Kits

Reviews of scale model kits.

Flak Panther D 1/35 s.Pz.Jg. Abt. 653

Published: October 11th, 2010     
Flak Panther D 1/35 s.Pz.Jg. Abt. 653
Reviewed by: Joachim Lotz, IPMS# 44170
Scale: 1/35
Company: Dragon Models

History

I could not find very much information on this vehicle since it was a one-off field conversion. It was part of the HQ Company of the s.Pz.Jg. Abt. 653 during the battle of Kursk and it appears that this vehicle survived until at least summer of 1944, but I could not confirm that.

The Kit

This is a kit of the Panther D as a Befehlspanzer or command tank from DML's Cyberhobby line. The kit comes as a smart kit and is loaded as usual with a boat load of extra parts. And correctly for an early D, it does not have Zimmerit coating since this wasn't applied to tanks until September of 1943. The kit contains the following:

North African House

Published: October 11th, 2010     
North African House
Reviewed by: Chris Durden, IPMS# 29474
Scale: 1/35
Company: MiniArt

MiniArt has continued adding to their impressive array of buildings and accessories with the diorama builder in mind. Their latest offering takes them to the North African / Mediterranean theatre with the "North African House". At 130 parts, this kit comes in a large box with multiple sheets of vacuformed parts and 3 sprues of injection molded detail parts (most of which will end up in the spares box as extras. My sample kits had a "bonus figure" set which unfortunately were not applicable for the building setting (although I am sure that the German "Stalingrad '42" figures wished they were in North Africa during the Russian winter). Make no mistake; this is a substantial kit that makes up into a large building.

SH-60F and HH-60H (1+1)

Published: October 11th, 2010     
SH-60F and HH-60H (1+1)
Reviewed by: Jim Pearsall, IPMS# 2209
Scale: 1/144
Company: Dragon Models

The US Navy had a winner in the SH-3 Sea King. But like all good things, the Sea King became obsolete, and the Navy had to find a replacement. The answer was that the US Army was looking for a replacement for their UH-1 Iroquois (Huey). Robert McNamara would have been so proud, as the Army and Navy chose the same basic helicopter, Sikorski's S-70, which became the Army's UH-60 Blackhawk and, because the Navy's just, well, different, the SH-60, HH-60 and MH-60 for the elder service.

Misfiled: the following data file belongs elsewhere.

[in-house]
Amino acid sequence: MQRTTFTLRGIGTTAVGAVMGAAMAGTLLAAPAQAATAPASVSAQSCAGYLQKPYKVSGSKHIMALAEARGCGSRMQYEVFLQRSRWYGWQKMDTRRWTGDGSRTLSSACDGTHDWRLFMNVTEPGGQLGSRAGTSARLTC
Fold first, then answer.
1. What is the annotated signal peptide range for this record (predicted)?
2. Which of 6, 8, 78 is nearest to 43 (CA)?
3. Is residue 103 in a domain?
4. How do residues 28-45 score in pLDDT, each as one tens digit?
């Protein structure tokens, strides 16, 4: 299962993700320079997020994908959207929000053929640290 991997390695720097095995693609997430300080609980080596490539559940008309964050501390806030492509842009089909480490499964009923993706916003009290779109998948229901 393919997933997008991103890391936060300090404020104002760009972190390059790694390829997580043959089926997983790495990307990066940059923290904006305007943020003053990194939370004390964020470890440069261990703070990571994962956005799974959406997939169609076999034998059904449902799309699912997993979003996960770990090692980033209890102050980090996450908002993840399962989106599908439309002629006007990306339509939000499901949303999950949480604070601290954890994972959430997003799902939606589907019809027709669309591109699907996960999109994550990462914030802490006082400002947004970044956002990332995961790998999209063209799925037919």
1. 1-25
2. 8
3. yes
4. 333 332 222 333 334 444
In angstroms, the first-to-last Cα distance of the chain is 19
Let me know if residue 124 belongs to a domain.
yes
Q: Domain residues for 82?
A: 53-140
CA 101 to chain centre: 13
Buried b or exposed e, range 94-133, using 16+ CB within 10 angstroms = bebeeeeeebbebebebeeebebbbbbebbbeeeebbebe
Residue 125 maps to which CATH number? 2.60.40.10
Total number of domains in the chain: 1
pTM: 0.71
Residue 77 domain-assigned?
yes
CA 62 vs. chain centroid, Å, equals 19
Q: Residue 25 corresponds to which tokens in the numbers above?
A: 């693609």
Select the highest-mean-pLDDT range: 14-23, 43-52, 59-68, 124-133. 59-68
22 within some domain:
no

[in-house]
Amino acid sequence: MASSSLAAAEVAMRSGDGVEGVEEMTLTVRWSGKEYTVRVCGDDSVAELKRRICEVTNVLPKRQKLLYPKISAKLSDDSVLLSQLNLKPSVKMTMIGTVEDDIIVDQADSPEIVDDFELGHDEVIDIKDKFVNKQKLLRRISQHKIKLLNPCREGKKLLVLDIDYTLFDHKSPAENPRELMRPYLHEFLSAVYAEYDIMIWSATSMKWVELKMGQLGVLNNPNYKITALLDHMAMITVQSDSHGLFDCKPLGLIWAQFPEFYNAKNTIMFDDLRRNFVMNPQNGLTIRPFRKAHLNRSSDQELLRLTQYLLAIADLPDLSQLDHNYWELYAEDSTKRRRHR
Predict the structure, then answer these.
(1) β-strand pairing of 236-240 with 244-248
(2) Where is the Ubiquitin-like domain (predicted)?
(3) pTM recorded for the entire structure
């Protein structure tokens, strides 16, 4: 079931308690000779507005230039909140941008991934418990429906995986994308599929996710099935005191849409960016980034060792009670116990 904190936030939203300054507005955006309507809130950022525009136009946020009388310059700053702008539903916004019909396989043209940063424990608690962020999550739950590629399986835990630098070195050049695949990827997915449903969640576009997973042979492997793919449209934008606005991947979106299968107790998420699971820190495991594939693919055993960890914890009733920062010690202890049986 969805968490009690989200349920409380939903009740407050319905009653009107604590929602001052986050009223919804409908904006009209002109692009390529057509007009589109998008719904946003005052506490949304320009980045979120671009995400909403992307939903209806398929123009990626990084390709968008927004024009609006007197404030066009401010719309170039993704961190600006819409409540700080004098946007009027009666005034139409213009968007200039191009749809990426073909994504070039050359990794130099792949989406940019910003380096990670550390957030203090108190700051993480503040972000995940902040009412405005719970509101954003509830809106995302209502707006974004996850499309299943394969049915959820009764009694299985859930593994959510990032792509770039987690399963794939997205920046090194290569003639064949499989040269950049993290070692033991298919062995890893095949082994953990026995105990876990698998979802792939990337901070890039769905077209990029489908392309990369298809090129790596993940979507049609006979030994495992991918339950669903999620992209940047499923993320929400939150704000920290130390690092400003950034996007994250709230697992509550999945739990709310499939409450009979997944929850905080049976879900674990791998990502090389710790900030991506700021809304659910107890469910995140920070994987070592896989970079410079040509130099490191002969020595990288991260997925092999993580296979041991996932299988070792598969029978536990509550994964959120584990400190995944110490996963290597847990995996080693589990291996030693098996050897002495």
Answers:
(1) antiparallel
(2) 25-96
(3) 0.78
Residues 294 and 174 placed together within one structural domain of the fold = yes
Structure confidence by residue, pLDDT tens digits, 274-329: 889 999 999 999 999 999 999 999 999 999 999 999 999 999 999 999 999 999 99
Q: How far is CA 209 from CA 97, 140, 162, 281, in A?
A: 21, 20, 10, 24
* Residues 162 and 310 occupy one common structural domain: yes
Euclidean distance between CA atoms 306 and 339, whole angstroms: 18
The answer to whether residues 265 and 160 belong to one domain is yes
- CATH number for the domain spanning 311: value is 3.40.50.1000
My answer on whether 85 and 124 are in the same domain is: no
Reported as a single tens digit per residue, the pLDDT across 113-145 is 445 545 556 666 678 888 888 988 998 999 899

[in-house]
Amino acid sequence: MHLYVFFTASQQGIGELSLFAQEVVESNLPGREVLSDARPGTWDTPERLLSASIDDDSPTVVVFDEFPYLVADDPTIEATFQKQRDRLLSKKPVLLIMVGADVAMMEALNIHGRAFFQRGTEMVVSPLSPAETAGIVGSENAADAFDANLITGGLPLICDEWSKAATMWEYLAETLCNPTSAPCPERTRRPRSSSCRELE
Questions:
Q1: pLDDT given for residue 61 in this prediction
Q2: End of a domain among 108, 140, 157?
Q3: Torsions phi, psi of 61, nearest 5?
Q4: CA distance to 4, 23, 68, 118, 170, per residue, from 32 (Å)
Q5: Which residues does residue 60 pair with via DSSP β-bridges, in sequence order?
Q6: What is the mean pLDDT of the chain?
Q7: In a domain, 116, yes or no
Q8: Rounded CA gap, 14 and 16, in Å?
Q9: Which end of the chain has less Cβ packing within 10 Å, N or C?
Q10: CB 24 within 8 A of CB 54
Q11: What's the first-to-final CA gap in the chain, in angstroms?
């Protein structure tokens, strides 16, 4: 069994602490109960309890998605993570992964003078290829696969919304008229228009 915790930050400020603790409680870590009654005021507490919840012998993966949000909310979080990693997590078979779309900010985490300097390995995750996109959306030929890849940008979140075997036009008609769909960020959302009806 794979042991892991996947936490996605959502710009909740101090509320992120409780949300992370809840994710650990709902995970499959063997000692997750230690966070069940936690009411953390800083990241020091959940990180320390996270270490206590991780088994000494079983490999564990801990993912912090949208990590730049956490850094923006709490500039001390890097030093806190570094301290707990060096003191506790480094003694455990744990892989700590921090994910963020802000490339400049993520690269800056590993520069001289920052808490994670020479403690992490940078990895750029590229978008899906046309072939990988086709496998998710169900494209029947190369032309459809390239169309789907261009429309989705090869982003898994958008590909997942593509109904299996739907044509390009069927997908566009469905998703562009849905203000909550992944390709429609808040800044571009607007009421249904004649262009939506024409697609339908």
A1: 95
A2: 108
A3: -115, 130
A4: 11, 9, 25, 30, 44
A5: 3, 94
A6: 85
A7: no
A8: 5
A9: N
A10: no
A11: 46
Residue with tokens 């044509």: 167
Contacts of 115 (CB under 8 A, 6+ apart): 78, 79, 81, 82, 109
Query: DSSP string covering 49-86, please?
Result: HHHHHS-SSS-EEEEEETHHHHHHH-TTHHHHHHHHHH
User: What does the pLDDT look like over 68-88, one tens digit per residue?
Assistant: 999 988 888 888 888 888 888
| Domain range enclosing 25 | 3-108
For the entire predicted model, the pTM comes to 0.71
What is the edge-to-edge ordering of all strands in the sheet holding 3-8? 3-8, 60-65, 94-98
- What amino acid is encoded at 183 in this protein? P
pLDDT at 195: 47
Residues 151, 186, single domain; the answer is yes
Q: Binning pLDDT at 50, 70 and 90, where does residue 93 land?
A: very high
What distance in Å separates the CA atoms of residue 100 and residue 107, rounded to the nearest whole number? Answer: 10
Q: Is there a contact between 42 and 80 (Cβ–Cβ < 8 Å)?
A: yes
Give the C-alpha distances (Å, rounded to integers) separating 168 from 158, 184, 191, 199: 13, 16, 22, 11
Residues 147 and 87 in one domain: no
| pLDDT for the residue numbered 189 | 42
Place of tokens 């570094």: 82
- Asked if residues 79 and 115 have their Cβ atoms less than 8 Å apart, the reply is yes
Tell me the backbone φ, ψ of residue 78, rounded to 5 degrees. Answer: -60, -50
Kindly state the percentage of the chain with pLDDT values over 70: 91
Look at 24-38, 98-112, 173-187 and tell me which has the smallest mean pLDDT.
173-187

The Navy version has the tail wheel moved forward, and doubled. This allows the tail on the ship-based helos to be folded, saving deck space.  Navy missions include surface warfare, undersea warfare, anti-submarine warfare, SEAL insertion, replenishment, troop landings, search & rescue and Medevac. 

The helos in this kit both belong to HS-6, the "Indians". The Sh-60F is the ASW version. The HH-60H is the SAR/Medevac version. These photos are from HS-6's web page (http://www.hsc6.navy.mil) from a WESTPAC cruise on the Nimitz. As you can see, there's photographic proof that Dragon's markings are correct. 

Sopwith Pup RFC - Part 1

Published: October 11th, 2010     
Sopwith Pup RFC -  Part 1
Reviewed by: Roger Rasor, IPMS# 34117
Scale: 1/32
Company: Wingnut Wings, Ltd

Part I

Wingnut Wings has released two 1/32 scale Sopwith Pup kits, one containing parts and multiple markings for the Royal Navy version and one containing parts and markings for the Royal Flying Corps version.  The subject of this review is the RFC version. 

If you build plastic model airplanes and have not heard of this kit manufacturer before, you must have been spending a year or so under a rock somewhere.  Wingnut Wings is a New Zealand-based company with a passion for World War I subjects in general and aircraft in particular.  This new company made a big splash in the hobby last year when they released their first four World War I kits and created an even bigger wave this year when they released four more.  Everything is 1/32 scale and produced at a level that leaves most other kits in the dust.   The almost overwhelming response to the release of the first kits was a wide-eyed Wow andthe latest kits deserve the same response.

Gloster G.40 Pioneer by Pavla Models

Published: October 11th, 2010     
Gloster G.40 Pioneer by Pavla Models
Reviewed by: John Ratzenberger, IPMS# 40196
Scale: 1/72
Company: Pavla Models

Allow me to start by thanking Pavla Models for their most generous contribution of numerous models for review by IPMS/USA.

Background

The Gloster G.40 Pioneer was the first British jet -- it is also known as the Gloster Whittle or the Gloster E.28/39.  There were two aircraft built but the second crashed so this one, W4041/G, did all the testing from its first flight on 15 May 1941 until it was put on display in the London Science Museum in 1946.

I asked for this not because I am particularly interested in the aircraft but because I had just done the FROG version for the Classic British Kits SIG display at Scale Model World (Telford) in 2009.  That kit is so bad that I felt I should have a better representation on my shelf.  For those of you not familiar with the FROG kit, the wings and fuselage are two different scales and the two figures -- one sitting, one standing -- are also.